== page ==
We walked down to the river Liffey and took the river boat cruise. The cruise takes you through the centre of town down to the port of Dublin and back again. Along the way we met Buddy the seal, basking in the sunshine.
Near the port there is a collection of statues commemorating the people who immigrated during the famine. We took a walk down there later to check them out at close quarters, they were very moving.
The river has loads of bridges across it, some so low that you felt you had to duck your head to get under. In fact our boat was delayed for almost an hour because it had to wait for the tide to drop before it could get under one of the bridges - and this was a low, flat roof boat! The most impressive was the Samuel Beckett bridge, designed by Spanish architect Santiago Calatrava and opened in 2009. It resembles a giant harp, the Irish national symbol. It's an opening bridge and when open rotates at a 90 degree angle.
We walked on to Merrion Park to see Oscar Wilde's house and the tribute to him in the park opposite. Not your usual dull bronze or marble statue, but then again he wasn't your usual dull character either.
We hopped back on the open top bus (I swear we're not addicted) and saw the rest of the sights of Dublin - Guinness brewery, Phoenix Park, the many bridges across the river, churches, cathedrals and statues commemorating the leaders of the Irish rebellion and fight for independence.
After that it was back to the hotel, a few drinks and bed - still recovering from Paris, did I mention Paris was hectic???

Posted by RUMissingUsYet 23:01 Comments (1)

Heading South

After another hearty breakfast (Susan's been stocking up on black pudding) we jumped in the car and headed south. Our final destination for the day was Waterford for an overnight stay.
We could have driven straight down in about 2 1/2 hours but the whole point of this part of the holiday was to take our time, take in the scenery and see a bit of the country.
First stop en route was only about half hour or so out of Dublin at a place called Powerscourt, the old home of the Earls of Kildare.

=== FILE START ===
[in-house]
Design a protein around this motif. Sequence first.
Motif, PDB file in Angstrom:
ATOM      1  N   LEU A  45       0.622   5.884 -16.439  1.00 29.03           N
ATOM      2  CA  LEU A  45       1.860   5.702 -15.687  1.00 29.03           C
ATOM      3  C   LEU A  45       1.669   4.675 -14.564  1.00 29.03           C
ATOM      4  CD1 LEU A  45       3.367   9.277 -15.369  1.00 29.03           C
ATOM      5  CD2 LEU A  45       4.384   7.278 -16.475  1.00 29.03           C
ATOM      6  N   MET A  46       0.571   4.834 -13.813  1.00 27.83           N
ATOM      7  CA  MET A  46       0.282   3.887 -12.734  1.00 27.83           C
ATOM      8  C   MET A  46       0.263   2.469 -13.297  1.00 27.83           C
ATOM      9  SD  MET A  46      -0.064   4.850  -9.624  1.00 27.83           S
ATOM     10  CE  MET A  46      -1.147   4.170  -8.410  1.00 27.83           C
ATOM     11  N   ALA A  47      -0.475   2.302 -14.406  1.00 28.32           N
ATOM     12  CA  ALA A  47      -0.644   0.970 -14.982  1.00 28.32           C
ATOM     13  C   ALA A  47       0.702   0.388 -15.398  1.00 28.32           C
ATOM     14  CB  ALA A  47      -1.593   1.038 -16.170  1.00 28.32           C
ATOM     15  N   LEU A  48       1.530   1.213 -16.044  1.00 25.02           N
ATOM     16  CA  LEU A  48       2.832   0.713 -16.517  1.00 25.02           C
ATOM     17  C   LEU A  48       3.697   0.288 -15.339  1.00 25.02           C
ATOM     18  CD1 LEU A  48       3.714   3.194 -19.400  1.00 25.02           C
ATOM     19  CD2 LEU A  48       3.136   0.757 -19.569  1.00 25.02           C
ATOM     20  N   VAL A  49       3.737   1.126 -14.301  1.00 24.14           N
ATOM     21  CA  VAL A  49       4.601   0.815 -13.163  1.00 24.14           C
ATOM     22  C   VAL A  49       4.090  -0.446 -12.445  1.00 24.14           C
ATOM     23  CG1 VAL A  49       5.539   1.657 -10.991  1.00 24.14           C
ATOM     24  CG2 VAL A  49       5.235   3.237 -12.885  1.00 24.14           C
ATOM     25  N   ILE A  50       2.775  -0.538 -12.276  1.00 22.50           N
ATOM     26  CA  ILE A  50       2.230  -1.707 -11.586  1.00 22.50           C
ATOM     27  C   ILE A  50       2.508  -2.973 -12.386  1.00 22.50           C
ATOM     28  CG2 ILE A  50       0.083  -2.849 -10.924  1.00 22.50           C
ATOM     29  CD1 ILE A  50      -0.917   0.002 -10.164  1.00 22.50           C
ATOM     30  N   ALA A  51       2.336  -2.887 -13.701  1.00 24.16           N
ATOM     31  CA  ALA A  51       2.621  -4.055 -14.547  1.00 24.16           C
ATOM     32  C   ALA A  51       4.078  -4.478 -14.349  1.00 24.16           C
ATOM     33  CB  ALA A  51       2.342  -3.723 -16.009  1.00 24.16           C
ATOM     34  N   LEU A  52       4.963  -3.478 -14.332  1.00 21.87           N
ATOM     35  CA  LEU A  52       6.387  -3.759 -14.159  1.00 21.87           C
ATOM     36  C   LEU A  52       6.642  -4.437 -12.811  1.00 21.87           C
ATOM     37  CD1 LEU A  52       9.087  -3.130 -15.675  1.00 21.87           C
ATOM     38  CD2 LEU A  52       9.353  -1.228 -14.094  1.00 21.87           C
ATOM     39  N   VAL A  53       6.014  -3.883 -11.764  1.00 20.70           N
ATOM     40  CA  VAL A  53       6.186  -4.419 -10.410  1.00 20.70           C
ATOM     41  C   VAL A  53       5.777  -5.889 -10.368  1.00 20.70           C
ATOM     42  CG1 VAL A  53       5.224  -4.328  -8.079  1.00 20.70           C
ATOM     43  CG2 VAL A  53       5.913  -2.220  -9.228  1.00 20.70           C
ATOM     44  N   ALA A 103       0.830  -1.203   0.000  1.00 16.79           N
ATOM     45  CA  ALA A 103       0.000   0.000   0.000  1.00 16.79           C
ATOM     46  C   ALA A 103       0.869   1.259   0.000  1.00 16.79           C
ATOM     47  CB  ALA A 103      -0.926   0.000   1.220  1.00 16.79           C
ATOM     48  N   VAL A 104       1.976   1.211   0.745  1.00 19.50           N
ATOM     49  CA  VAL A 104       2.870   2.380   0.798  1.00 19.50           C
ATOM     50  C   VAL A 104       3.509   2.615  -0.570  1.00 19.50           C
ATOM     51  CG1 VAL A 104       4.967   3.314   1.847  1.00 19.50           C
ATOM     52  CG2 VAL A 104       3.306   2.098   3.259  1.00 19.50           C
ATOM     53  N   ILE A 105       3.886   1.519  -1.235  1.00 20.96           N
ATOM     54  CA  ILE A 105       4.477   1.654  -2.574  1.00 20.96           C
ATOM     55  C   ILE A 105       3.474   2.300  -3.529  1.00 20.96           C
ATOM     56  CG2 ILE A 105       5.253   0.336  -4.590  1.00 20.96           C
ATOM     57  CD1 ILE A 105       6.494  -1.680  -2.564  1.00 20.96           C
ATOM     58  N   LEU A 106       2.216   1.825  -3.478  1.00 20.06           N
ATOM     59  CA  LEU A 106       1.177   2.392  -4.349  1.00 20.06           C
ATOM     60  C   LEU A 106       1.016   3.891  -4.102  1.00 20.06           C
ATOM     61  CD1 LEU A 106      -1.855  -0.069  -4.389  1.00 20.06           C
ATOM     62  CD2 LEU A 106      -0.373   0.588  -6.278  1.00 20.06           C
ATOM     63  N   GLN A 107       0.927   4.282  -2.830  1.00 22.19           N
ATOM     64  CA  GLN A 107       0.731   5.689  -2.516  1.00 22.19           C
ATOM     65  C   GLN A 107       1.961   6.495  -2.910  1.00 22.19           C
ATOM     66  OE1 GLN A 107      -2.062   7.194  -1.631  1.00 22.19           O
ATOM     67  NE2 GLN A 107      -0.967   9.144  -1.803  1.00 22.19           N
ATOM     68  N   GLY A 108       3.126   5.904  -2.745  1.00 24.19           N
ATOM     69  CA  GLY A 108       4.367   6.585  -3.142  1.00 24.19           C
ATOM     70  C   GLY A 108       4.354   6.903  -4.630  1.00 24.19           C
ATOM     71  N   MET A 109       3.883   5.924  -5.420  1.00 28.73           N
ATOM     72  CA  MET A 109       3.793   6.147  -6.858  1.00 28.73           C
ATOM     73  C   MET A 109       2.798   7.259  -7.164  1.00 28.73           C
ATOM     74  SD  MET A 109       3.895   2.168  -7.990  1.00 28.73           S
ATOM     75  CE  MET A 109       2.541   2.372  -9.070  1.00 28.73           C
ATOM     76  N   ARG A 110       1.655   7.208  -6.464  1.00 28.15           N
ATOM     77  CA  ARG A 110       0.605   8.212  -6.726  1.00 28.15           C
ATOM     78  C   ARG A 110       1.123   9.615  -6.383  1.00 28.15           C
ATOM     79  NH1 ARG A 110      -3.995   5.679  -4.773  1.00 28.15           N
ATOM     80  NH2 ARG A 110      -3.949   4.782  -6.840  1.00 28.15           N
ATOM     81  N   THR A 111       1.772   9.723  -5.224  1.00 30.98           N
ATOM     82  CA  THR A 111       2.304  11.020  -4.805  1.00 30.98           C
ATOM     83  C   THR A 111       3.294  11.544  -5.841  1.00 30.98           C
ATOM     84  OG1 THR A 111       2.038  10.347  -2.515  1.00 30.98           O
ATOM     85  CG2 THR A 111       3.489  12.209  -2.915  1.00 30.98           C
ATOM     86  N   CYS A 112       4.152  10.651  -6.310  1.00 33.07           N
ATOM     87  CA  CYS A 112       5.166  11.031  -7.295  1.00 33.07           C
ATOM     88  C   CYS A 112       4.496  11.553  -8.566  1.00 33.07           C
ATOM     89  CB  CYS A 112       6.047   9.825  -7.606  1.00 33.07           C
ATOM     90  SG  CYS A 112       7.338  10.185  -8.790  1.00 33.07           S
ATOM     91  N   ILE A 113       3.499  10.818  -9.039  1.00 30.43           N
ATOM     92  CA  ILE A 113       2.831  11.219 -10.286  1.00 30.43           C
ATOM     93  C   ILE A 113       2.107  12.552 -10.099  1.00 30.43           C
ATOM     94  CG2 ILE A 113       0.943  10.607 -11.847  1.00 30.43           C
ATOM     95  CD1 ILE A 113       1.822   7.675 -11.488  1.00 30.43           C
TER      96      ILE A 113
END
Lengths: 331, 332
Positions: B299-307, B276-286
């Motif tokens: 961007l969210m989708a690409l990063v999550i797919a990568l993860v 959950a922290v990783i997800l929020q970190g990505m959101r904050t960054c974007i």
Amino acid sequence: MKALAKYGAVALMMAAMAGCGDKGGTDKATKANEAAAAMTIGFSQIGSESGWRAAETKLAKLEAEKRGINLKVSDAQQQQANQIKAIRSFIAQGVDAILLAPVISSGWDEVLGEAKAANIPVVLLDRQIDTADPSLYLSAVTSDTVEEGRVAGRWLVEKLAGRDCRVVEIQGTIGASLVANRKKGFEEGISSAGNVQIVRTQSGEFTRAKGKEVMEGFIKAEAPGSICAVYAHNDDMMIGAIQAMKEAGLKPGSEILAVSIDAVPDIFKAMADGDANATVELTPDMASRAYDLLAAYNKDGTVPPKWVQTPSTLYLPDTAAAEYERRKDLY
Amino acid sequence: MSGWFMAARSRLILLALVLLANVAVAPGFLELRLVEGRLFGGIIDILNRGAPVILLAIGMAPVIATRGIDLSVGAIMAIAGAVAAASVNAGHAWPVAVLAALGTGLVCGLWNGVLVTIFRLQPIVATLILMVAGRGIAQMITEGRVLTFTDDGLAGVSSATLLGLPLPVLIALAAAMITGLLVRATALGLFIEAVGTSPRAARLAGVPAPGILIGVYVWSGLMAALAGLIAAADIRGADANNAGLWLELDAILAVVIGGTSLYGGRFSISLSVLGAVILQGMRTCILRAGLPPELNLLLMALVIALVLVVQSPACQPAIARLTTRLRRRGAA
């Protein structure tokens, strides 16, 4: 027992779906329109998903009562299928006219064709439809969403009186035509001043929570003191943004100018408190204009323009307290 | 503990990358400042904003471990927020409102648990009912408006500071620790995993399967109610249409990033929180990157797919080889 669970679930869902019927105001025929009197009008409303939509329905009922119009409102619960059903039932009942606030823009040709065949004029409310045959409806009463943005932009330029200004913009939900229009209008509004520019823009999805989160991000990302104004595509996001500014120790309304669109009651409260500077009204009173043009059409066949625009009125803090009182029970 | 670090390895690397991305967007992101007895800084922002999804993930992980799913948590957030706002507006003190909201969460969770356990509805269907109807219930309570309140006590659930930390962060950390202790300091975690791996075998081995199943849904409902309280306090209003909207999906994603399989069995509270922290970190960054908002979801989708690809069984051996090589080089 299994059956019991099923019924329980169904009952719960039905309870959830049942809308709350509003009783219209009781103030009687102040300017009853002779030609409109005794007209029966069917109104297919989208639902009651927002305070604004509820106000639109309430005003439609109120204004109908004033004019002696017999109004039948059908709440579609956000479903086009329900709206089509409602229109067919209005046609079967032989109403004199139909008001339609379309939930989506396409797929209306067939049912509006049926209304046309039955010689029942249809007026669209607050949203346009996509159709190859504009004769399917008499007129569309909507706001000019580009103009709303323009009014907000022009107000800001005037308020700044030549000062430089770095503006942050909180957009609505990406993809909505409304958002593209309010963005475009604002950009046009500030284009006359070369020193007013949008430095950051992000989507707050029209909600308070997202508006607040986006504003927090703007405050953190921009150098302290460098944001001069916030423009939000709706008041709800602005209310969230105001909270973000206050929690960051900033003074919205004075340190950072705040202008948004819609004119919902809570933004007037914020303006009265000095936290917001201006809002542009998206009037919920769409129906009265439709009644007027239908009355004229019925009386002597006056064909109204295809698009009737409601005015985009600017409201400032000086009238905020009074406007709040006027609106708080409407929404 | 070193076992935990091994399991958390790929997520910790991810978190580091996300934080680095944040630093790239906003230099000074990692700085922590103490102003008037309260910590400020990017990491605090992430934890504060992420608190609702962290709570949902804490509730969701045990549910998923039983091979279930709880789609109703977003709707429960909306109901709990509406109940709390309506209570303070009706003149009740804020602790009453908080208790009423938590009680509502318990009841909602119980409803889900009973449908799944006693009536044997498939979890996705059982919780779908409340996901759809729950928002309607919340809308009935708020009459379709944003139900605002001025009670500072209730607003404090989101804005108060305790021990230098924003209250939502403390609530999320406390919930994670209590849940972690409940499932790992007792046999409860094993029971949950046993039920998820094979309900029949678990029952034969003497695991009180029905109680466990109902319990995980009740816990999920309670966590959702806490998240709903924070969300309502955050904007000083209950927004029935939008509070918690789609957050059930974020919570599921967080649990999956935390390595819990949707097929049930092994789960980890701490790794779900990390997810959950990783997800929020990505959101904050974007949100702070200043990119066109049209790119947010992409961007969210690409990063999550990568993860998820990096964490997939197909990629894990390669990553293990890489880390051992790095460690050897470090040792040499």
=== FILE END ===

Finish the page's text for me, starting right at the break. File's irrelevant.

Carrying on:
It's a big old stately home and garden that's open to the public. After the debacle of Versailles we were almost a little reluctant to do the "historic house" thing and left the house out but visited the gardens. The estate is in the Wicklow mountains, just outside a little village called Enniskerry which itself was lovely. The gardens at Powerscourt were fantastic. Divided into a formal Italian Garden with lawns, flower beds and fountain, Japanese Garden with a river, bridge and grotto, an English Rose garden and a woodland with a castle. There were a few other people but the gardens were big enough so that there was no sense of overcrowding and it was incredibly peaceful. Every few minutes you'd stumble over someone sitting meditating in the peace and quiet.


As we drove we noticed a few signs to somewhere called Glendalough (pronounced Glendalock) It's an old 6th Century monastic site built around three lakes.It was founded by a monk, who has since transcended into sainthood - St Kevin, St KEVIN, KEVIN! I mean I ask you, what's saintly about a Kevin??? Karen and Mem have an esky called Kevin. St Kevin aside, Glendalough was beautiful. The monastery was built around the lower lake and we decided to take a walk up to the middle lake, about 1.3k away. We got about half way and it started to rain. Well, it didn't actually rain, it poured, it bucketed down, it pissed like an elephant after a night out on the town. In fact it didn't just rain, it hailed too. As we were half way we didn't know whether to continue up to the lake or turn back. One look at Susan's face told me it would be wise to turn back. Poor Susan looked so cold and miserable, I on the other hand felt alive and invigorated (yes me!)


We got to the car and I got some dry clothes out of the suitcase for Susan to change into. I thought she'd do it discreetly in the car, you know the way you pull jeans half way up, wiggle around, push yourself up on the chair trying not to overbalance whilst you struggle to pull them over your bum. But no, she just stood outside the car and striped off. What was I thinking? The seats in the car are heated so we soon warmed up once we got under way again.

We continued south through the Wicklow Mountains. We'd been driving merrily along, minding our own business when suddenly out of nowhere , up would pop some old ruins. A castle, a monastery, a church, a tower, a something unrecognisable, just sitting in the middle of a field.

The next big(ish) town we came to was Wexford (as in Inspector, although he was from Oxford not Wexford, how confusing. I wonder if Wexford has an Inspector Oxford?) We stopped off briefly for a late lunch and a quick look round before setting off for the last part of the days trip.


We arrived at Waterford later than we'd planned and by the time we got there it was too late to get anything for dinner, so we settled for a bottle of wine in the bar, a view of the swans on the water and a couple of chapters of our books before heading off to bed.

Posted by RUMissingUsYet 11:43 Comments (2)